The striped hyaena is a well-studied animal; however, what is understood about the behaviour and ecology of the striped hyaena is largely limited to studies undertaken in Kenya, Tanzania and Israel. There are anecdotal reports that elsewhere, such as east of Israel, their ecology could be substantially different (5).
The striped hyaena is most frequently seen singly or in pairs, although groups of up to seven can occur (3). Social contact is limited by the need to forage alone over very large ranges, which they do so under the cover of night (2) (6). When moving around regularly used paths within their territory, grass stalks are marked with a secretion from the anal pouch (2) (4), leaving a clear sign to any intruders of the owner’s presence (4). If neighbouring hyaenas do happen to meet, they fluff out their fur and erect their crest in an attempt to look intimidating and fights may erupt in which they nip at each others thick necks (2).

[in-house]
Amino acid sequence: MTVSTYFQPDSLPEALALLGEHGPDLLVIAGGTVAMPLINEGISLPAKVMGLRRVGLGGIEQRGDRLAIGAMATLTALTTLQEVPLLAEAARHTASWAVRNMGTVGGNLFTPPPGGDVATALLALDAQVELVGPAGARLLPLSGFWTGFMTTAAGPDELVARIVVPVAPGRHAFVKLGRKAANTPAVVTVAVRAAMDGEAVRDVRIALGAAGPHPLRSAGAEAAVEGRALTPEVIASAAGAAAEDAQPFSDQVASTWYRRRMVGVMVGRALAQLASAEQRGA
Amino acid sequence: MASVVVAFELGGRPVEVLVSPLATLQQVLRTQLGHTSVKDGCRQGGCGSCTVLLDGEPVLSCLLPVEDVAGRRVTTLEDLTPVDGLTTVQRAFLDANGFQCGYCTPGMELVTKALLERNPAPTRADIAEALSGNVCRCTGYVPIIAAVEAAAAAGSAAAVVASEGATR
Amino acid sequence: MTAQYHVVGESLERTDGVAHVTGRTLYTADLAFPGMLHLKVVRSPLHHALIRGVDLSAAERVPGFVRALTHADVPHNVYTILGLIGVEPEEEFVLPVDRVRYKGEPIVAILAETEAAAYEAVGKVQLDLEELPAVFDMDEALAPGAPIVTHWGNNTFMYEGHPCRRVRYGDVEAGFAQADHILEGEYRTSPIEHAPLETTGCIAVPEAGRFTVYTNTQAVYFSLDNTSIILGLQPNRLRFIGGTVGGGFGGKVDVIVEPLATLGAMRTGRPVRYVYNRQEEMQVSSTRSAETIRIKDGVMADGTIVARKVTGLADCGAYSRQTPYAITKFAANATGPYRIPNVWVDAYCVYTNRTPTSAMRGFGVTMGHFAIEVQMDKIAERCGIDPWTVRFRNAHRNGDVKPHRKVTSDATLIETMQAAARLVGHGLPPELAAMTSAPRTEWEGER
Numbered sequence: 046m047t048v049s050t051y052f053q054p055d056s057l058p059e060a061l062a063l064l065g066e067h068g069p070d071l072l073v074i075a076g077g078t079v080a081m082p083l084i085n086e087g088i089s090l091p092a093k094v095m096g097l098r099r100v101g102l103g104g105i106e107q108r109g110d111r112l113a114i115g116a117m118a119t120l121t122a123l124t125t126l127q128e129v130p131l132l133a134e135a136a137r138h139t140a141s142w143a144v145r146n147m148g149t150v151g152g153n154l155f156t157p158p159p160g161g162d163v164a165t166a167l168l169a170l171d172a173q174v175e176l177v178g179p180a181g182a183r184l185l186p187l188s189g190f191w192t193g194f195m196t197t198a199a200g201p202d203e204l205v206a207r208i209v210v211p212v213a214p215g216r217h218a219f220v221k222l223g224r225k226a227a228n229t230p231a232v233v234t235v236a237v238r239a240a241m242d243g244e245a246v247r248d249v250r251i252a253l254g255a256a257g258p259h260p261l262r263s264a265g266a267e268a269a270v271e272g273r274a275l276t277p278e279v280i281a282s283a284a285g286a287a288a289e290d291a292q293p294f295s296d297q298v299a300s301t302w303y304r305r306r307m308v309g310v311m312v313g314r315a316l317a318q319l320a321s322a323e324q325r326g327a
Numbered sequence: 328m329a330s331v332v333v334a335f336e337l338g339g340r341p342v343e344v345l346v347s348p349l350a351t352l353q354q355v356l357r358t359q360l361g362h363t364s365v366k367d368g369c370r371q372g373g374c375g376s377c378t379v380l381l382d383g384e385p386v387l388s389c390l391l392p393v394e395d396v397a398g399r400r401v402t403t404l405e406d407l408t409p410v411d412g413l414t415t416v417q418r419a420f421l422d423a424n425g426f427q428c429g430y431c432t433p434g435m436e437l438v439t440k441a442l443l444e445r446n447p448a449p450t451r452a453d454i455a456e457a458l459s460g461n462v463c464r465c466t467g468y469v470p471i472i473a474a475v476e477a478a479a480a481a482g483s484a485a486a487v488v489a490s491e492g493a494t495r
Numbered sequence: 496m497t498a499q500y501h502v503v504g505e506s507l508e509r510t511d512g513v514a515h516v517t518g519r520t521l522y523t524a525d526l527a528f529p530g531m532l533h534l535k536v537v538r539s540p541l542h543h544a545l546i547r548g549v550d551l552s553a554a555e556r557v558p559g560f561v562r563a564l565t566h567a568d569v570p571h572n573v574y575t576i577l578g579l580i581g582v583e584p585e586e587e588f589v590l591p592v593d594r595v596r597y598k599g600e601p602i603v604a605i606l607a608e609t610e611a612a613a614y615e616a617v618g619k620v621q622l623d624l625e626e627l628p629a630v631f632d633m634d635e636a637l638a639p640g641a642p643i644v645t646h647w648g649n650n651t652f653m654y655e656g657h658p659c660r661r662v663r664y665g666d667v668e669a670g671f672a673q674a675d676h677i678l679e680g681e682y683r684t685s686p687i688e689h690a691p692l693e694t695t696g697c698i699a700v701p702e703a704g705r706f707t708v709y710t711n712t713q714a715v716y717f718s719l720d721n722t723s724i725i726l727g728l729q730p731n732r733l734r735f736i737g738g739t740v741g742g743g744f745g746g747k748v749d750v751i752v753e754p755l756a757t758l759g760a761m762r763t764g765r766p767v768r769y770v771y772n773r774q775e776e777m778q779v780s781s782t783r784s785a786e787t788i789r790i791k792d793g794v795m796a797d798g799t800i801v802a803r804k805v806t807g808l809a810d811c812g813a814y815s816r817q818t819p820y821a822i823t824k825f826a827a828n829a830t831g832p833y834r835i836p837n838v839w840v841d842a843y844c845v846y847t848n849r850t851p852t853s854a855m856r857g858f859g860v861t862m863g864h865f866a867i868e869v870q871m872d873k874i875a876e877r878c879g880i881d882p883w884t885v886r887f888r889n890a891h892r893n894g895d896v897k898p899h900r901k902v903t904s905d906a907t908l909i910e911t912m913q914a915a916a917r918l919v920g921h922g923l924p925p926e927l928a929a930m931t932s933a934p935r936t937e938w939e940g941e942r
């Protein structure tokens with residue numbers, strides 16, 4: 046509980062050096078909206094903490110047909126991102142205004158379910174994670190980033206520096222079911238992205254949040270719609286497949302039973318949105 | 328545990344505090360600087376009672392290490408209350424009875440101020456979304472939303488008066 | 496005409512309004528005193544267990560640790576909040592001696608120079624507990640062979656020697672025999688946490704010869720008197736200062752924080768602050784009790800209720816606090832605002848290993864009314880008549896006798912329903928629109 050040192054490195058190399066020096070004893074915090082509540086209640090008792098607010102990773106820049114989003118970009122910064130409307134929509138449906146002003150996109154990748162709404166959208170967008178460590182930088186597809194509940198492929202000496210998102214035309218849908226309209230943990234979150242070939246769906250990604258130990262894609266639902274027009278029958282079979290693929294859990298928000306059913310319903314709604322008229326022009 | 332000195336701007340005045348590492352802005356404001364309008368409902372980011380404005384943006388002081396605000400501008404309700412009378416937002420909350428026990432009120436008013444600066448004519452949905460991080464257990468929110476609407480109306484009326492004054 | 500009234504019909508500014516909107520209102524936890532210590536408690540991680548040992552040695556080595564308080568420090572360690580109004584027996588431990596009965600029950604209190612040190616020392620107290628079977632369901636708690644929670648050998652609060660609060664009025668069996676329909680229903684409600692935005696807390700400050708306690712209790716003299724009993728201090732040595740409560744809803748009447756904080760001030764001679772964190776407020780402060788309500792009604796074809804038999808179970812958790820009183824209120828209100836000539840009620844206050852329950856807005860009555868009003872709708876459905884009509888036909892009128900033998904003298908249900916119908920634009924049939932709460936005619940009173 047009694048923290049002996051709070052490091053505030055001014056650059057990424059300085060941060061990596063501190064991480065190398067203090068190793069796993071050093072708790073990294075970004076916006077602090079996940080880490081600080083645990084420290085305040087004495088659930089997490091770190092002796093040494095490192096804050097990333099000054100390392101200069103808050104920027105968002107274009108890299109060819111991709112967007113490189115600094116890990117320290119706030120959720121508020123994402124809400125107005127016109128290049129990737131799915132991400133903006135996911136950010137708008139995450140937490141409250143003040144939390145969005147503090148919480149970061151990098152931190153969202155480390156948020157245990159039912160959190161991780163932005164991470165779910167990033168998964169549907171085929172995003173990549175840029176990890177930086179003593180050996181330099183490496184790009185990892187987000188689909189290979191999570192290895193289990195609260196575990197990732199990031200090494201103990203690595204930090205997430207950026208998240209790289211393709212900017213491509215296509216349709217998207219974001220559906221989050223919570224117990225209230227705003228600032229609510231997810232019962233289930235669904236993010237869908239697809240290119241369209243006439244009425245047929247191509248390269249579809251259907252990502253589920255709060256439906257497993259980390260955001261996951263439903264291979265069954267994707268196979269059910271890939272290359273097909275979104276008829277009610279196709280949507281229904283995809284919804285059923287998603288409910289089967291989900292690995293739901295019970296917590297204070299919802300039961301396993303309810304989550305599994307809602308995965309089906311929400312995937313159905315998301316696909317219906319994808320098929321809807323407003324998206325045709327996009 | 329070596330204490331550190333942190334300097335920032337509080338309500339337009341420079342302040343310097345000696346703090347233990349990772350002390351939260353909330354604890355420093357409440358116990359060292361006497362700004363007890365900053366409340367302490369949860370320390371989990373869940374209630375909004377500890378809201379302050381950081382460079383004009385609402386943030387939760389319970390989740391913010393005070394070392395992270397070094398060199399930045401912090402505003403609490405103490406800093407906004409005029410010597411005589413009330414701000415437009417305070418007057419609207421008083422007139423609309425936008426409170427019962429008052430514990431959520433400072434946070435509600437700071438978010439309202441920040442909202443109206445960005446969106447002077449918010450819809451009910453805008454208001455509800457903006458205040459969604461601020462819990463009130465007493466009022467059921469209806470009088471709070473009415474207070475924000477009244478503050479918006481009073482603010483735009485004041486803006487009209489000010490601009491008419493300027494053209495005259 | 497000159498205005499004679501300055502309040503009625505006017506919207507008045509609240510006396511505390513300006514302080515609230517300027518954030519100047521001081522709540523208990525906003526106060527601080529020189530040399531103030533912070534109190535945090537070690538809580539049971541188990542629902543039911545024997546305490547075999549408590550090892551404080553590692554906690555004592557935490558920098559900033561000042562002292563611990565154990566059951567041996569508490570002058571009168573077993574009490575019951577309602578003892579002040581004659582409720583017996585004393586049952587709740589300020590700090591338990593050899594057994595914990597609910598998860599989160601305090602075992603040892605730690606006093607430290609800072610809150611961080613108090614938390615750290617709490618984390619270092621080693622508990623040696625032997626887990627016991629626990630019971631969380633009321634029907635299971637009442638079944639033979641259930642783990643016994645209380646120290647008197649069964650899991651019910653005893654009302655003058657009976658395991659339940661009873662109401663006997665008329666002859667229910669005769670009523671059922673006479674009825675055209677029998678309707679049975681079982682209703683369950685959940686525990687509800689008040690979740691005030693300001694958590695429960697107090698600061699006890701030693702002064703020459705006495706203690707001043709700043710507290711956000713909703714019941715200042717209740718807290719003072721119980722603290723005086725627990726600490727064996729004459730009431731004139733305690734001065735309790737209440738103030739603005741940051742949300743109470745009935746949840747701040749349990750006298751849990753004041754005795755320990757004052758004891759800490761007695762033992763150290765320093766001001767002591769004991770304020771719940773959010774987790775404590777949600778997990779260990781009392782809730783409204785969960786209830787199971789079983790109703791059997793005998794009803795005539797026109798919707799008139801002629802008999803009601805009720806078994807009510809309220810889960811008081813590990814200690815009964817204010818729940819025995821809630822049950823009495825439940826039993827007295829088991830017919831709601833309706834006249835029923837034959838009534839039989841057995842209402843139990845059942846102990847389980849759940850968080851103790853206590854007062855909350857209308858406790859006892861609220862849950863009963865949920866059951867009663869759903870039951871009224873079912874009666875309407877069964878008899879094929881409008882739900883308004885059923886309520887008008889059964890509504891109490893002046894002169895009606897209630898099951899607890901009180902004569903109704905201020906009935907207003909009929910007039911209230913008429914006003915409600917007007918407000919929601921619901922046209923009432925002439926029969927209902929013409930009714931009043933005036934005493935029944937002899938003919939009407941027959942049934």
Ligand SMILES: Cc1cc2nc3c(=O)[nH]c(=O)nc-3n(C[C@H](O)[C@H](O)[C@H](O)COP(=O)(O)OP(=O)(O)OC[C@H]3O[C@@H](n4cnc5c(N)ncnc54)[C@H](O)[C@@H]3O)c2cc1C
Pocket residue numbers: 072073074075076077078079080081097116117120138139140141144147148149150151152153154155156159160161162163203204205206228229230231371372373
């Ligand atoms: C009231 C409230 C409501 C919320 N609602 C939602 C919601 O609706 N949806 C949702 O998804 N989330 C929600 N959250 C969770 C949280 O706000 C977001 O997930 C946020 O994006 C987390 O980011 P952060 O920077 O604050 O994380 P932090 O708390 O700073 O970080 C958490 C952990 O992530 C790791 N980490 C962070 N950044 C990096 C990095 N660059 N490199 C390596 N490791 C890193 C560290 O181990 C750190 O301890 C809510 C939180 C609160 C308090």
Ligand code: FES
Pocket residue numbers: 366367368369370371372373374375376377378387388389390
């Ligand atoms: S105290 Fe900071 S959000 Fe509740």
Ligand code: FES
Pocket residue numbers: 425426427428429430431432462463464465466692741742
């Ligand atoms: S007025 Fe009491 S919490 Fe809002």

The striped hyaena is omnivorous and will feed opportunistically on almost anything it comes across as it roams great distances at night (2) (6). This includes seeds, leaves, fruits, insects, birds, fish, and many species of mammal (7). A competent hunter, a single striped hyaena is known to be capable of killing prey up to the size of a donkey, and can even kill and eat tortoises despite their protective shell. It is rarely a fast enough runner to catch quick and alert animals, but can stalk and seize unaware hares, foxes and rodents. Striped hyaenas also scavenge, feeding on scraps from garbage dumps in some areas (2).
Female striped hyaenas give birth to litters of one to four cubs after a gestation of 90 to 91 days (3). They give birth in a rocky den or a burrow, preferably dug by another animal (6). The hyaena cubs open their eyes after seven to eight days, their teeth erupt after 21 days, and they begin to eat meat at an age of 30 days (3). The young cubs may suckle for up to a year (3), while they learn important foraging skills from their mother (2).